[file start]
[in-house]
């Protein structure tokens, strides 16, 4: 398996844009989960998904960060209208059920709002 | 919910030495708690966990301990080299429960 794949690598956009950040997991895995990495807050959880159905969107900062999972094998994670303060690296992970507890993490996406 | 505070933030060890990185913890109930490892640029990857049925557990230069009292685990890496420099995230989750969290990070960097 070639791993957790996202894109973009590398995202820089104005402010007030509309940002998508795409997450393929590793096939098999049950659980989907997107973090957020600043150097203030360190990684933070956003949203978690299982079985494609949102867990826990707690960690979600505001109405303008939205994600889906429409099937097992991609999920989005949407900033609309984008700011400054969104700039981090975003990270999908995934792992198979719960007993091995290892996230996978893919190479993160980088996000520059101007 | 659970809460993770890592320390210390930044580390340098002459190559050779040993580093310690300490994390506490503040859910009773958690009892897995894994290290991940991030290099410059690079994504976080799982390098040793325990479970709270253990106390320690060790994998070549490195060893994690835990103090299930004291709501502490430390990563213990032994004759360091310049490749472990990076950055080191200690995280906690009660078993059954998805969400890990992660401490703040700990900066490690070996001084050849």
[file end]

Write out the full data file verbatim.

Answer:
[in-house]
């Protein structure tokens, strides 16, 4: 398996844009989960998904960060209208059920709002 | 919910030495708690966990301990080299429960 794949690598956009950040997991895995990495807050959880159905969107900062999972094998994670303060690296992970507890993490996406 | 505070933030060890990185913890109930490892640029990857049925557990230069009292685990890496420099995230989750969290990070960097 070639791993957790996202894109973009590398995202820089104005402010007030509309940002998508795409997450393929590793096939098999049950659980989907997107973090957020600043150097203030360190990684933070956003949203978690299982079985494609949102867990826990707690960690979600505001109405303008939205994600889906429409099937097992991609999920989005949407900033609309984008700011400054969104700039981090975003990270999908995934792992198979719960007993091995290892996230996978893919190479993160980088996000520059101007 | 659970809460993770890592320390210390930044580390340098002459190559050779040993580093310690300490994390506490503040859910009773958690009892897995894994290290991940991030290099410059690079994504976080799982390098040793325990479970709270253990106390320690060790994998070549490195060893994690835990103090299930004291709501502490430390990563213990032994004759360091310049490749472990990076950055080191200690995280906690009660078993059954998805969400890990992660401490703040700990900066490690070996001084050849």